JH: Leaders of impact inevitably run into resistance. As you move forward into the fulfillment of your dreams for CTS, what constituents will most likely become disgruntled or anxious?
SH: There are many folks in our denomination and every denomination who would love for the church these days to have the same kind of impact that it had in our culture 50 years ago or 30 years ago. But our world is changing. So the people who are likely to be most resistant are the folks who want to engage in some kind of culture war or cultural resistance and move back to a time that is now gone. In my experience the problem is not that people don’t recognize that there are great changes afoot. The problem is that there is very little agreement on how we should face those challenges and what changes ought to be made. I don’t think that many of us really know what needs to be done. We need to be comfortable with a great deal of ambiguity. So my sense is that some of the folks who will be most resistant will be those who want to nail down solutions or tuck in all the loose edges faster than any of us will be able to do that work. I anticipate that anyone who has a strong sense of what THE solution should be, whether those people come from more conservative or more progressive parts of the church, will probably be disappointed in the actual working out of a vision for the future.
JH: Unrelated to your call to the seminary’s presidency, just a few months ago your fellow CTS faculty members voted you into full professor status. That affirmation from colleagues sounds great, but from the outside you don’t look like someone who would fit into this faculty context. Tell us more.
SH: I am a little bit surprised by the question, because I have never had a single moment at CTS when I’ve felt marginalized by faculty colleagues. Columbia is a place where we have a very high view of the Scriptures, a very high view of the church, and where we are a very Christ-centered perspective on our life together. There are many places where we have great differences. We are a diverse faculty culturally, politically, and in some sense ecclesiastically, but we are also people who are committed to focusing on the things that really matter as we pursue Christ’s mission in the world, and are willing to continue the important dialogue with people with whom we do not totally agree. I sense from the affirmation of the faculty that … their experience of me is that I am a colleague in the best sense of the word. And that’s what I long to be. Honestly, while we are diverse, I think we agree about more things than we disagree about. I don’t find our institution a place where there are strong divisions in the faculty over issues of orthodox Christian faith or the importance of fundamental Christian formation concerns.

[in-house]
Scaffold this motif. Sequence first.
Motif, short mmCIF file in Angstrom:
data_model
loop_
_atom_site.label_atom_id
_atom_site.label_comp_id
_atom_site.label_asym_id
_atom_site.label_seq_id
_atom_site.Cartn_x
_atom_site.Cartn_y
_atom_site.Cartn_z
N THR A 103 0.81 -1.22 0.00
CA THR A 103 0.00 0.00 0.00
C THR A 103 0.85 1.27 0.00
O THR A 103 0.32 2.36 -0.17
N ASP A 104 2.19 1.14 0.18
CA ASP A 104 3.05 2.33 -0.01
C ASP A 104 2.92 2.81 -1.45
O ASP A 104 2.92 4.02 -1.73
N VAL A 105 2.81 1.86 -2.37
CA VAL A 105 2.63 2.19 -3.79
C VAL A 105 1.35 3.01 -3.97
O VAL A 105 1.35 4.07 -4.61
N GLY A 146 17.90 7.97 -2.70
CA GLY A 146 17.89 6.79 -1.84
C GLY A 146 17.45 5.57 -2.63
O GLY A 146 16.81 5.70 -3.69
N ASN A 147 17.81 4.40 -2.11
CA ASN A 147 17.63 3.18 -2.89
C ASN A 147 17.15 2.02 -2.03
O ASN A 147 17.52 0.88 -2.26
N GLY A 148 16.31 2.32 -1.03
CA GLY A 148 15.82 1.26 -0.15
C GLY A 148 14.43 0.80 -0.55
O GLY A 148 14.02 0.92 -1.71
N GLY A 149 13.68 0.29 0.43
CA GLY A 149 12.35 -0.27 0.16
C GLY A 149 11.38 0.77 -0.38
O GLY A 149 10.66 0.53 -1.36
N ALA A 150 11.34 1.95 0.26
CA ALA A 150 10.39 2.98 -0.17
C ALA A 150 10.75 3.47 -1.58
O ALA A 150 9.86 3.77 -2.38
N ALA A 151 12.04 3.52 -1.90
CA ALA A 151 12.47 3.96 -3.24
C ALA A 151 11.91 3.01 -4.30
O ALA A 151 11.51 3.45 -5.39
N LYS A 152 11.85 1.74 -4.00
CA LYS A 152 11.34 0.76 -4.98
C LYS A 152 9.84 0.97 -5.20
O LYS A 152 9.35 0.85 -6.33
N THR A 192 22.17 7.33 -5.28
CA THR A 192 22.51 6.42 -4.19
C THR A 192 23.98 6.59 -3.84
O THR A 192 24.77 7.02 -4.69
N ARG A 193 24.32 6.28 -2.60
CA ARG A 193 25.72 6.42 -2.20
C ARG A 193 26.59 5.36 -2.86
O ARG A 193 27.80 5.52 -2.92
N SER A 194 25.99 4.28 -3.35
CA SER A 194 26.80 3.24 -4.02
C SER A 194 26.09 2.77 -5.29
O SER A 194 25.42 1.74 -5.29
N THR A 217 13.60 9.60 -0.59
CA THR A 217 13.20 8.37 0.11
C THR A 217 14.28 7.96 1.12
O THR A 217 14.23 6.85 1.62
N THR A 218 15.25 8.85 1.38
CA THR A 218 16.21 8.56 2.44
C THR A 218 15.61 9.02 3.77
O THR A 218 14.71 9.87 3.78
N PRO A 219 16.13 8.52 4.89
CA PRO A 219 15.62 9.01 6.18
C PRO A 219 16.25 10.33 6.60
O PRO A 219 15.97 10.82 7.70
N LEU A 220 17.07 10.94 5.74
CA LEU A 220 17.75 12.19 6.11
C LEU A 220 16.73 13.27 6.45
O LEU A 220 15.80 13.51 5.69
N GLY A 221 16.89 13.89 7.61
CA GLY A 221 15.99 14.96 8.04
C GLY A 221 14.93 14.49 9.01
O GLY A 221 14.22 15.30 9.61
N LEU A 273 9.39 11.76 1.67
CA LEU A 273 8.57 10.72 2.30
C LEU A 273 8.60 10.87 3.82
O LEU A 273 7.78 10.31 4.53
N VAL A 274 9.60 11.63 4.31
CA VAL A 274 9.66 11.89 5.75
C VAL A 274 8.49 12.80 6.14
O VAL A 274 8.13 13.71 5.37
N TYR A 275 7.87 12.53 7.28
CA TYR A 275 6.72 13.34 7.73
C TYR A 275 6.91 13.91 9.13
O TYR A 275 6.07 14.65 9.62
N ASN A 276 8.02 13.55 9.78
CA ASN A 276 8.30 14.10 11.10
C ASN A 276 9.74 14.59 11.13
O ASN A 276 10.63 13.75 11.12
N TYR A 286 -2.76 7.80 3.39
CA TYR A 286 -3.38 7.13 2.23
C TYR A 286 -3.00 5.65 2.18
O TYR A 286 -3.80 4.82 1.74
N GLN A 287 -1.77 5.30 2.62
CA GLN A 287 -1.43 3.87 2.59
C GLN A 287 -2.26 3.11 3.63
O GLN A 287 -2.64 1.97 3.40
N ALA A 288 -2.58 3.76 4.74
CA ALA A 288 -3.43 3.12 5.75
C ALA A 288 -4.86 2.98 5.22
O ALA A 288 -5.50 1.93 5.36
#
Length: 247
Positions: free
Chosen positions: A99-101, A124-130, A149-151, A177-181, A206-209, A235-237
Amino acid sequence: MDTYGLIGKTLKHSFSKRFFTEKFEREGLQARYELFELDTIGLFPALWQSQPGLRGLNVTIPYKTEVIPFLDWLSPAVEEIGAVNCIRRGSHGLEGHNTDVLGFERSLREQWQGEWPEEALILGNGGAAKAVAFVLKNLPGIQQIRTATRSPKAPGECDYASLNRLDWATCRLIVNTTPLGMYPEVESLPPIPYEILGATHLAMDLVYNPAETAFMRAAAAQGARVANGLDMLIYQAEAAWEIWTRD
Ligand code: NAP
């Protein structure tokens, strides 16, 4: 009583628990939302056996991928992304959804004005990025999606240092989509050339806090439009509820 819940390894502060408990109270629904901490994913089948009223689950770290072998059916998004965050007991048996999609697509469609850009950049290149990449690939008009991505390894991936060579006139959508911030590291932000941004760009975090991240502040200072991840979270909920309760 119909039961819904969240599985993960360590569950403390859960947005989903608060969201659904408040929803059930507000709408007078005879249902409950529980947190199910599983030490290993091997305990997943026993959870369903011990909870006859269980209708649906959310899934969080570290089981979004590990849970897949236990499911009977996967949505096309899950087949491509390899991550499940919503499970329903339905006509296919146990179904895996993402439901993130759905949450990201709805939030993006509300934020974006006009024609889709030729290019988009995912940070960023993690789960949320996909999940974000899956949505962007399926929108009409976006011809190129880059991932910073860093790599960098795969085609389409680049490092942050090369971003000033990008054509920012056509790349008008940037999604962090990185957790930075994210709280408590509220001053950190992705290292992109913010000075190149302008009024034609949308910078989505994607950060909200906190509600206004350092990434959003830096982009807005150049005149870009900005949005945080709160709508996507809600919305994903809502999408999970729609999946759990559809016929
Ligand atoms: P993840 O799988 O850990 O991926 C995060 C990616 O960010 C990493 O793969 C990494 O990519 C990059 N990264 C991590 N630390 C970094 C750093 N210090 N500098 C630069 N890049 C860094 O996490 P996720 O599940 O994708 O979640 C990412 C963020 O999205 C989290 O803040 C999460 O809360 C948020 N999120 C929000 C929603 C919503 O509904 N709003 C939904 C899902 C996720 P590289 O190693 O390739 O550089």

While I’m fully appreciative of the role of the president, presidents have less power than is often suspected. In Columbia’s situation, we have 40 trustees from all parts of the church who are charged with guarding the vision, and the preservation and mission of the institution. So it’s highly unlikely that I could do something inappropriate in changing the institution, except in so far as the board, the faculty, the alumni and others would have to agree to do that. My job as president is to be a good steward of the culture of the seminary, of the tradition of the seminary. But I’m not the soul source of any of them.
JH: Let’s talk about missional theology. Most systematic theologies speak little of this topic. Mission has typically been the term used of work being done overseas or, at least, outside the local church. In the 1920s a common expression arose: “Theology divides, but mission unites.” Hence they were seen as two separate disciplines. Leslie Newbigin, David Bosch, Darrell Guder and others following them have insisted that that’s a false dichotomy, and indeed, that mission is the foundation and heart of theology. Is the whole theological enterprise being transformed, or is this merely a new academic fad that soon will be displaced by another?
SH: Missional, and I would say Missional/Incarnational, theology is not new, nor is it a fad. It does recognize that we haven’t given appropriate attention in recent years to the definition of what constitutes the purpose of the church. If you go back to the great ends of the church in our own polity, you discover that our denomination over the years is essentially missional in its understanding of the church’s purpose. However, in its practice the church often gets very focused on the internal life of the church. So we focus much more on the maintenance of the institution than we do upon following Christ in to Christ’s mission wherever that leads us. Missional theology basically asks, as its first question, “What is God doing in the world?” And then as its second question, “How can we join God in that work?” All other questions regarding institutional life are seen as secondary to those great ends. So the current emphasis upon missional theology is reclaiming a biblical and historical theme, rather than creating a new fad.